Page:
Average Hospital Bed Has a Big Carbon Footprint
WEDNESDAY, Sept. 20, 2023 (HealthDay News) -- How big is a hospital bed’s carbon footprint?
Pretty big, new research shows.
One hospital bed alone was roughly equivalent to the carbon footprint of five Canadian households, according to researchers studying a British Columbia hospital during 2019. They identified energy and water use and the purchasing of medical products as the hospital’s primary energy hotspots, accounting for over half of the hospital's yearly carbon footprint.
“In our work, we often find that the biggest environmental footprints are where you least expect them to be. As the adage goes: 'Out of sight, out of mind,'” said researcher Alex Cimprich. He is a postdoctoral fellow in the School of Environment, Enterprise and Development at the University of Waterloo. “The goal is to make hidden environmental footprints more visible so that we can start to manage them.”
For the study, the researchers assessed thousands of products purchased by hospitals, using a combination of statistical sampling and calculations of carbon intensity — CO2 equivalent per dollar spent — to calculate carbon footprints.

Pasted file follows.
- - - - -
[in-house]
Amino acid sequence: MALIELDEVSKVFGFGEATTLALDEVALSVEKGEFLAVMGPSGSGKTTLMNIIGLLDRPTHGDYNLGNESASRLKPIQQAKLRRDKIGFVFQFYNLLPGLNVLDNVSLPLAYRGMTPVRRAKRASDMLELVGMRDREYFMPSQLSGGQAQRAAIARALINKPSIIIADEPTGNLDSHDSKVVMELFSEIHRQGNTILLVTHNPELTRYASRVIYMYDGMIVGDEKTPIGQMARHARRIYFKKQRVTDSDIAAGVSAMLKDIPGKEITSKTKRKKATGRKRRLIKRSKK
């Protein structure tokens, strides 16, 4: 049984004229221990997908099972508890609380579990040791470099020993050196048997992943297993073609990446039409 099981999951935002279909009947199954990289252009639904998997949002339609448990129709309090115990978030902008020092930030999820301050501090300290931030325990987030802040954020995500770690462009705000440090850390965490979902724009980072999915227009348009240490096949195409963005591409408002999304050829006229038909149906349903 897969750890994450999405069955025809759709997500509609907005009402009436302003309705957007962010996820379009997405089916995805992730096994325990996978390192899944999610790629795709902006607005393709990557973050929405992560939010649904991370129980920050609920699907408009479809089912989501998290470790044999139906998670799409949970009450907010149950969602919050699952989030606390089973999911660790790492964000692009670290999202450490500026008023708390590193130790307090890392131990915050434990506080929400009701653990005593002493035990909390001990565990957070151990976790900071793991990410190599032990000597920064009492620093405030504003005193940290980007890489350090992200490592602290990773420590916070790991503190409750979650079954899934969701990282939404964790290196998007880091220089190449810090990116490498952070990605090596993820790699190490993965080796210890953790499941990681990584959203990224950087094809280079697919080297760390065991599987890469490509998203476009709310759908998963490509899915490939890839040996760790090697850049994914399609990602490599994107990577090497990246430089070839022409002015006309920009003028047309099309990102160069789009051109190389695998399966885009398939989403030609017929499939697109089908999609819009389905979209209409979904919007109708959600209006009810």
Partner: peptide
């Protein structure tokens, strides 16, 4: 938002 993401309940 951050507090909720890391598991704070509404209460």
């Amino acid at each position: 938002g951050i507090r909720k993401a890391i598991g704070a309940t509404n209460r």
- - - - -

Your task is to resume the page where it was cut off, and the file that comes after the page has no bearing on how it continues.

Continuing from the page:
“The results suggest that hospital sustainability initiatives need to look further to achieve deeper emissions reductions,” Cimprich said in a university news release. “While transportation of patients and products supplied to hospitals and hospital waste are visible areas of environmental concern, other more hidden areas like the supply-chains of medical products could have much bigger environmental footprints.”
Future research could look more at the specific hotspots identified, the researchers suggested. The approach could also be applied to other hospitals and other types of health care facilities, such as primary care or long-term care, or even organizations outside the health care sector, the study authors said.
The findings were published recently in the Journal of Industrial Ecology.
The U.S. Environmental Protection Agency provides information on greenhouse gas emissions.
SOURCE: University of Waterloo, news release, Sept. 20, 2023